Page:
12/15/2015 02:54 EST | Updated 12/15/2016 05:12 EST

Looking For A New Holiday Ritual? Try Something Old

Many people want to express a sense of reverence for life; however, the religious themes they see around them seem empty and foreign. If this resonates with you, who knows? Maybe something old can offer you something new.

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Ah, those nativity scenes outside churches this time of year are pretty, aren't they? The little baby, the cattle, the quaint little manger. I think they're lovely -- yet I don't actually believe the nativity story for a moment.

And I'm not alone. We live in a multicultural society where this holiday season means different things to different people. That's a good thing. Cultural and spiritual differences can add richness and relevance to a society. And if we choose to embrace that, these differences can be unifying instead of divisive. If someone says merry Christmas to me, I'll say merry Christmas back, even though to me there's no "Christ" in the Christmas season.

No one "owns" Christmas. In fact, the pagan origins of many Christmas traditions -- decorated evergreens, gift-giving, merry-making, even the date of December 25 -- are well-documented and accepted by all but the most stubborn or uninformed.

Despite the beauty of this season, many people -- particularly those who identify as spiritual but not religious -- are beginning to seek new ways to bring meaning to it. They're looking for new traditions and new rituals that resonate with their personality, lifestyle and values. While those nativity scenes are pretty, they just don't hit home. In fact, they only amplify one's non-belief.

This kind of feeling is especially common for people who are drawn toward the comfort and beauty of spiritual ritual, but reject religious doctrine. Many people want to express a sense of reverence for life; however, the religious themes they see around them seem empty and foreign. If this resonates with you, who knows? Maybe something old can offer you something new.

In antiquity, Vesta, goddess of the home and hearth, resided in the household fire or in the flames of candles placed on the family shrine called a lararium. At meal-time, offerings of salted flour or libations of olive oil or milk were sprinkled into her flame. For over a thousand years, she was honored as one of the most important and beloved goddesses in Rome, until the first Christian emperors criminalized her worship, even in the privacy of people's own homes.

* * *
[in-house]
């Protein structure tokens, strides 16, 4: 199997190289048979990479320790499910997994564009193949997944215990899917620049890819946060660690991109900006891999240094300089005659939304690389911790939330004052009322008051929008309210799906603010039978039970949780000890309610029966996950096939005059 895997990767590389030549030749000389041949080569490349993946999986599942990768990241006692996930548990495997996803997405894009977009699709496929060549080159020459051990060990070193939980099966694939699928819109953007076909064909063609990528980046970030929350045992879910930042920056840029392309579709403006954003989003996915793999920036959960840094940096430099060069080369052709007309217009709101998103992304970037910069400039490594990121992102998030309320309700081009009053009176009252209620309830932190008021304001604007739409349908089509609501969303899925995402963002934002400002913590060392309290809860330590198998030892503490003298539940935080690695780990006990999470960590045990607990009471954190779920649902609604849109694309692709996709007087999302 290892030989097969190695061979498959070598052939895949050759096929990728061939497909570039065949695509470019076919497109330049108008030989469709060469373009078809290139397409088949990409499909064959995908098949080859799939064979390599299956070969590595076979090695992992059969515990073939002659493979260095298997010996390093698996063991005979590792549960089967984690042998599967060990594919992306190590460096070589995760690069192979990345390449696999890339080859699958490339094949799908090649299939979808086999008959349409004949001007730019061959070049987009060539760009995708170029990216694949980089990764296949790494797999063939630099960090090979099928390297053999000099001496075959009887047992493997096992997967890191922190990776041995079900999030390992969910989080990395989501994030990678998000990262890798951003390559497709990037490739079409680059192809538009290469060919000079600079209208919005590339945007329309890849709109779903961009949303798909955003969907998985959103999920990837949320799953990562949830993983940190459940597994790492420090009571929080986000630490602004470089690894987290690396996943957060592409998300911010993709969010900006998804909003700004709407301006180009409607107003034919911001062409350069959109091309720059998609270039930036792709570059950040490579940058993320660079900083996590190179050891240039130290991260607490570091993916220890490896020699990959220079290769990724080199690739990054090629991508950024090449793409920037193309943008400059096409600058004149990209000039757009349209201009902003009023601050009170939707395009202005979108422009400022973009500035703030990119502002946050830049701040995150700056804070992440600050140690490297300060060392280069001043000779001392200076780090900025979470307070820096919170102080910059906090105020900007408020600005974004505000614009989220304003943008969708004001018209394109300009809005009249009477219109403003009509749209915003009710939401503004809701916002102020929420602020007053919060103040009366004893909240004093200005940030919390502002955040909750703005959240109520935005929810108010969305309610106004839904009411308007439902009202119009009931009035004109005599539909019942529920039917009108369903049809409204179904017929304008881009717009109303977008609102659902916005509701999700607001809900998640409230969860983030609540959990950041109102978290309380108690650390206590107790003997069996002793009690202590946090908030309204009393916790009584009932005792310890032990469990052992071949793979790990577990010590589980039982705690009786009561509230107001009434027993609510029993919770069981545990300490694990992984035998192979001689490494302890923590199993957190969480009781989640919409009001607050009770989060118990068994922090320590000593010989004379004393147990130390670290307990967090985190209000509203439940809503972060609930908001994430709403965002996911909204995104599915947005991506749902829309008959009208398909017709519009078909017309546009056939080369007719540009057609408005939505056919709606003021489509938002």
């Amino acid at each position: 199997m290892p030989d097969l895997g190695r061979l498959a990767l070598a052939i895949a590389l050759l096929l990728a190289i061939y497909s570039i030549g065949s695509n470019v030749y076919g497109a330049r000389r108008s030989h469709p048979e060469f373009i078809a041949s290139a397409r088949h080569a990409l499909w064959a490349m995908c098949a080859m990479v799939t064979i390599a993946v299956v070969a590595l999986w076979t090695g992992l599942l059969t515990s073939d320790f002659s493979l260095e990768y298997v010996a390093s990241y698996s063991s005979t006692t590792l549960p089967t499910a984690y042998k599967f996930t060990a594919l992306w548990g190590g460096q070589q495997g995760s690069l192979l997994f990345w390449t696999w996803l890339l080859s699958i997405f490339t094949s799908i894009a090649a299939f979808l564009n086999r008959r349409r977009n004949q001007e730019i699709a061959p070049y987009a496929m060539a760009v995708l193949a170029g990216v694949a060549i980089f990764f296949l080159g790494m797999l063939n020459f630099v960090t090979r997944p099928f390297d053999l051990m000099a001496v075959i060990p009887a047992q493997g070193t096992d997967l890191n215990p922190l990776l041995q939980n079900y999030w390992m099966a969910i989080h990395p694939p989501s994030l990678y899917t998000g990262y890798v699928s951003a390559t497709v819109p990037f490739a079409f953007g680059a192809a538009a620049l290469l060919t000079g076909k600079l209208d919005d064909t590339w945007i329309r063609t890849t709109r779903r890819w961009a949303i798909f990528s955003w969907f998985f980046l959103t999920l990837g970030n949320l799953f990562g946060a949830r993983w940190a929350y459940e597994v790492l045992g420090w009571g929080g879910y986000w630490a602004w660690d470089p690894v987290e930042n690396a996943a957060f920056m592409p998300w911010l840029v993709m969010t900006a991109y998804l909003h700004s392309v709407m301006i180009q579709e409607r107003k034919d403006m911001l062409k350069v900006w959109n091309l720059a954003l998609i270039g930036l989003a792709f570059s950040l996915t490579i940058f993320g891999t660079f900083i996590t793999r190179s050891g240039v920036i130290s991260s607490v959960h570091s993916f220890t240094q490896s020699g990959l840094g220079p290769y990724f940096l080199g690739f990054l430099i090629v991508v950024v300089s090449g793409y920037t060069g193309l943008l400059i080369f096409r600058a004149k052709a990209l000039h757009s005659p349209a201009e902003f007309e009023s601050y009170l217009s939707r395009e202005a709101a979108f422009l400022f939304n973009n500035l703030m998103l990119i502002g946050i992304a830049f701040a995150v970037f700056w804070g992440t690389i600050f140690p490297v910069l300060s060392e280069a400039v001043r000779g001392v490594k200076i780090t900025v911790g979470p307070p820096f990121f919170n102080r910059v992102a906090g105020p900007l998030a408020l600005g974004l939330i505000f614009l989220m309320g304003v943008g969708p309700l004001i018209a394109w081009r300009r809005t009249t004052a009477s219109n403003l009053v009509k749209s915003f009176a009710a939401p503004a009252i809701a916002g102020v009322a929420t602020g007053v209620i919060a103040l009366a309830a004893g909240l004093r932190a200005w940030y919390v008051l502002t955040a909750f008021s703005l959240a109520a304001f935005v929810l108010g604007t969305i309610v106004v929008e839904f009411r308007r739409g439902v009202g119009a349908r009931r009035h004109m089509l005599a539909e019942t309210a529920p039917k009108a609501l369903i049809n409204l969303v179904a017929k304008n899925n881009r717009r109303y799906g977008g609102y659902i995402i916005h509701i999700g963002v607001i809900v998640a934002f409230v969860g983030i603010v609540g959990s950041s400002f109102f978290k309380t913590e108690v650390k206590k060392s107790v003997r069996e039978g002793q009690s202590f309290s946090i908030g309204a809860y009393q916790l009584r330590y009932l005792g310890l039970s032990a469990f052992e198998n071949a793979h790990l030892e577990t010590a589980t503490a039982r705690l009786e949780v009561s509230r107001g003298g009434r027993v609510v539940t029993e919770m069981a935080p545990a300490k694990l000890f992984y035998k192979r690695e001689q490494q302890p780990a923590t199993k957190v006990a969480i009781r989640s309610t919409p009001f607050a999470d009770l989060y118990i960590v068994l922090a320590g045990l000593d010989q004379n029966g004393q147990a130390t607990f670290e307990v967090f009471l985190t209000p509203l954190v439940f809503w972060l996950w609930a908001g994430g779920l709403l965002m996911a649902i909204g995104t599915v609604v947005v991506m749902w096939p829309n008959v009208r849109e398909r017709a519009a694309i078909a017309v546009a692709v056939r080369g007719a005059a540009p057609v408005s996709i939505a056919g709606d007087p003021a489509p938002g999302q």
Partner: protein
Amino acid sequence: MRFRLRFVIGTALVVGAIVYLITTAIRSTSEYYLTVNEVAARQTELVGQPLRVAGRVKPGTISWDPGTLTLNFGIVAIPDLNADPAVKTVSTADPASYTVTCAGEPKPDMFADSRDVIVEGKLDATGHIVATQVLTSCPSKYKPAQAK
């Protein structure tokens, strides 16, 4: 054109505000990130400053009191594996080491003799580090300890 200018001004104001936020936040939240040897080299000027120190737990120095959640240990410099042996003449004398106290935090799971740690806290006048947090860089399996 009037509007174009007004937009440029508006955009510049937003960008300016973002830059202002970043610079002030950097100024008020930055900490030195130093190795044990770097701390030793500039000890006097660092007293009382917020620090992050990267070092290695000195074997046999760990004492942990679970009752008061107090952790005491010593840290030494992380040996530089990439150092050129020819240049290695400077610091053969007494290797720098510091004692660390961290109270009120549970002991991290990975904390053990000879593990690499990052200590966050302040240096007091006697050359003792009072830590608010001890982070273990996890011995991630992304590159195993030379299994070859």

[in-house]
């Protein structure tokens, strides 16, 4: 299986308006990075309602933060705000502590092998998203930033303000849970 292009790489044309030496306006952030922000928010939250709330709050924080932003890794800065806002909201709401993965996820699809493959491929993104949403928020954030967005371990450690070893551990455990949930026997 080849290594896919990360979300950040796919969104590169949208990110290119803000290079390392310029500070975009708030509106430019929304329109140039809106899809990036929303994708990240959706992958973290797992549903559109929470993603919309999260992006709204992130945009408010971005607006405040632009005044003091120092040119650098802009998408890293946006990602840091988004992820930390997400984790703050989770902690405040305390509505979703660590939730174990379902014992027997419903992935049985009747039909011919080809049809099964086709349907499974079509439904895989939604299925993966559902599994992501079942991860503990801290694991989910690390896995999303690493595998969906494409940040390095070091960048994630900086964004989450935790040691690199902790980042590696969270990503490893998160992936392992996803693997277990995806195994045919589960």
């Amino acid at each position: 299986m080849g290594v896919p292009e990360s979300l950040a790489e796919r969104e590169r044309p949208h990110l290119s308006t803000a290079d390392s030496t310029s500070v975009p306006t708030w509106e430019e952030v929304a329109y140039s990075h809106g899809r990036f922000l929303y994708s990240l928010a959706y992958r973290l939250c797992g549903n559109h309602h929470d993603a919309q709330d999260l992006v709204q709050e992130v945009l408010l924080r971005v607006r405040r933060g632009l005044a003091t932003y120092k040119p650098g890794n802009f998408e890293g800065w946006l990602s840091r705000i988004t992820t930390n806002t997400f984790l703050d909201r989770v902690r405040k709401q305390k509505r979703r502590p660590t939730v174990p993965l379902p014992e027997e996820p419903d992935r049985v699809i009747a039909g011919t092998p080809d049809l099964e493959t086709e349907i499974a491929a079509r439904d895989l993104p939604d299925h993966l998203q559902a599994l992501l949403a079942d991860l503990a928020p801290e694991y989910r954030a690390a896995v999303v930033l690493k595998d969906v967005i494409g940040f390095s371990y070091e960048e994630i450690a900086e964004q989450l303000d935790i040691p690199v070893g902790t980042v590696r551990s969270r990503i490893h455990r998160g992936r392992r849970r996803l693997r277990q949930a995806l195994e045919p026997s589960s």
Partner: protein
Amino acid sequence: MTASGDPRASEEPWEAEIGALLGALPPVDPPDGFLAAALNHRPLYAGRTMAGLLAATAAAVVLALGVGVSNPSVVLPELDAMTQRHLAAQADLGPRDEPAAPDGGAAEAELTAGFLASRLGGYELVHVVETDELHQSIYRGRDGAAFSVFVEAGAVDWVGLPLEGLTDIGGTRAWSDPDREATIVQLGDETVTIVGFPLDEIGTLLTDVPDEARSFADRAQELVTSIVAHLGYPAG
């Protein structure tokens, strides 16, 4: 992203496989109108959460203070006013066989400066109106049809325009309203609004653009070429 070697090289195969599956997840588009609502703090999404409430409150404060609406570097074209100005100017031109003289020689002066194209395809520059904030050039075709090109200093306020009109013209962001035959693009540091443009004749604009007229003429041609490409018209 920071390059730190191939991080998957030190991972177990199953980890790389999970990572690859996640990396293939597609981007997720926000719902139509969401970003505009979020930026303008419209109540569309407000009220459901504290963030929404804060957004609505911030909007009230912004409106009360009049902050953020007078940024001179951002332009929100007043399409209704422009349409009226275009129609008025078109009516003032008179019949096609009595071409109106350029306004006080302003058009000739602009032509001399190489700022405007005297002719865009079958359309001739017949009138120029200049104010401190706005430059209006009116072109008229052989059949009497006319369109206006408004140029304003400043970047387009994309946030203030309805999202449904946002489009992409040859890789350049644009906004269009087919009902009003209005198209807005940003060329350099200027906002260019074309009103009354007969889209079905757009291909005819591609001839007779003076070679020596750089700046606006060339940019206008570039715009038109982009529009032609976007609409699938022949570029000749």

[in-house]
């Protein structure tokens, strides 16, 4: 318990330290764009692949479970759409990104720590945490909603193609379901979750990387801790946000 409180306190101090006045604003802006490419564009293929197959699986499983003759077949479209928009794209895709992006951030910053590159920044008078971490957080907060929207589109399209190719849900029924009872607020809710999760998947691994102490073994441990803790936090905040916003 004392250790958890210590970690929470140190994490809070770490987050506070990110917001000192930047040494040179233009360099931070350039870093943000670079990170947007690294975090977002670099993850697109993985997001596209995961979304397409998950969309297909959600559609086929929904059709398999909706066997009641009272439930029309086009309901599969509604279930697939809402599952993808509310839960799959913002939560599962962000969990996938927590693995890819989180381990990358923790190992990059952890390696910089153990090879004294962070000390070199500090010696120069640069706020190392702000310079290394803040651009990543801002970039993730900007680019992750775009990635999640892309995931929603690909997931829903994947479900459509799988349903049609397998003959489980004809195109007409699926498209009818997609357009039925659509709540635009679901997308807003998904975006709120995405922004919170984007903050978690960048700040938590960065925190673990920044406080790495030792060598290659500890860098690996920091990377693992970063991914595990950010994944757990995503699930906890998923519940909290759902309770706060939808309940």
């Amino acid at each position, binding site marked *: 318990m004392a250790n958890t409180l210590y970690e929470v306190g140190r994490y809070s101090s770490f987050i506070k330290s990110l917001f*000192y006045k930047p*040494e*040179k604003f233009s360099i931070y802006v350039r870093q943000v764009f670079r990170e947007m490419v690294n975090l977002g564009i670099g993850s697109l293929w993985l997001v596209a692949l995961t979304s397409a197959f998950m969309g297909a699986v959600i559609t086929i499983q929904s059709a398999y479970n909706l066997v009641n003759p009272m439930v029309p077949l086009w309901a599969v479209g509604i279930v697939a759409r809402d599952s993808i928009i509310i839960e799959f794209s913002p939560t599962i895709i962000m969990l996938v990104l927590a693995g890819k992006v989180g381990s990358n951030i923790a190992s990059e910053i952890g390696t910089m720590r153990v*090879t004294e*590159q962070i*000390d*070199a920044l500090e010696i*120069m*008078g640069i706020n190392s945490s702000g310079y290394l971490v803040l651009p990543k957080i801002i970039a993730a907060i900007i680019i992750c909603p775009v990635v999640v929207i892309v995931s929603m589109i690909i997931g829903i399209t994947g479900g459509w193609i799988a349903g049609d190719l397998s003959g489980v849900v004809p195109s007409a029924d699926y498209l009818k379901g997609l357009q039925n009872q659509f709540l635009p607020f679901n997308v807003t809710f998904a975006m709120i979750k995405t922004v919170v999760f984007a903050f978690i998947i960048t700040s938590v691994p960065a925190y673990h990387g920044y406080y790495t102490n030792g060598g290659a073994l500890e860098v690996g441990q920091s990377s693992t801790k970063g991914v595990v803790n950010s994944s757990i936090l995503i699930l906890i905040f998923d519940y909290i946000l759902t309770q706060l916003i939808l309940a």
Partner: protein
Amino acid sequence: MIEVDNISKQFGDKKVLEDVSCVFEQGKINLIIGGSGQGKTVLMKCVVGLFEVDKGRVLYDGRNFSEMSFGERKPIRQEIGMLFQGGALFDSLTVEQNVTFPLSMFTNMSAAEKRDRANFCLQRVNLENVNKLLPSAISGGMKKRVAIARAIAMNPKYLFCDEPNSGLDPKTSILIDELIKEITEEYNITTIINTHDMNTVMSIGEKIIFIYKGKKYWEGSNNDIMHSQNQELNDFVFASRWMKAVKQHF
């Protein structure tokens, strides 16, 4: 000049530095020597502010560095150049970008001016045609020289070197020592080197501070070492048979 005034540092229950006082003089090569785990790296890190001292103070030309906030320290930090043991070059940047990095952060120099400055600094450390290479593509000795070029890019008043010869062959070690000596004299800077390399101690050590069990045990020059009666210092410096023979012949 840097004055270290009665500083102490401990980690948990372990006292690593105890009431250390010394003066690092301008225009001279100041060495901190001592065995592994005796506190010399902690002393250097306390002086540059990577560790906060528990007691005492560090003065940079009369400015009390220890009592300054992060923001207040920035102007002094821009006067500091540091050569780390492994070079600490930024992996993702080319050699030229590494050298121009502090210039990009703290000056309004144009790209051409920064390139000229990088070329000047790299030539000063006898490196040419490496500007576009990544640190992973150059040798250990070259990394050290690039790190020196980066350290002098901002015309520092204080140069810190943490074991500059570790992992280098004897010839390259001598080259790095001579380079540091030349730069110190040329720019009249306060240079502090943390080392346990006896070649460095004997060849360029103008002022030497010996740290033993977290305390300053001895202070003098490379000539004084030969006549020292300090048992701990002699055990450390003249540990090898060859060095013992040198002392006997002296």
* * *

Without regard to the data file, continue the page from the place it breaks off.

Today, Vesta's flame is once again illuminating lives and homes, and families are once again honoring her with offerings sprinkled into her flame. This sweet, simple ritual nourishes the family unit and creates a sense of family solidarity. It's a fundamental ritual that hasn't changed in over 3,000 years. And considering today's rate of divorce and family breakdown, this ancient tradition has a lot to teach modern families.

To honour Vesta -- and your own home -- this holiday season, add a flamma vesta candle to your table. Set offerings of salted flour, powdered sugar, or wine beside it. The idea is to symbolically sustain your family unit by "feeding" the flame.

Better yet, create a modern lararium near the entrance of your home to symbolically bless the comings and goings of family members. Adorn it with a candle and meaningful family mementoes, from plaster casts of your children's little hands to heirlooms to the collars of beloved pets. Place branches of decorated evergreen on it. This represents the hope and promise of life in the dead of winter, and welcomes the upcoming winter solstice.

Instead of decorating your home with red poinsettias, look for those gorgeous white ones. Their white colour pays homage to the "purity" of this virgin goddess, as well as the white marble of her temples and the white robes worn by her Vestal priestesses.

Like any faith or custom, the Vesta tradition has evolved over the centuries. And if it can survive -- indeed, begin to thrive once again -- through the years and the changes, perhaps it can teach us a thing or two about the nature of change. Change isn't bad. It isn't a thing to be feared. It's inevitable. And funny enough, "change" often means a rediscovery of the past.

Perhaps it is part of the human experience that everything old tends to become new again. That, combined with the freedom of religion we enjoy in our society, may be the reason that many people are re-igniting ancient traditions that are remarkably in tune with modern values, and which bring new meaning for them to the holidays.

So, merry Christmas. Happy holidays. Pax tecum.


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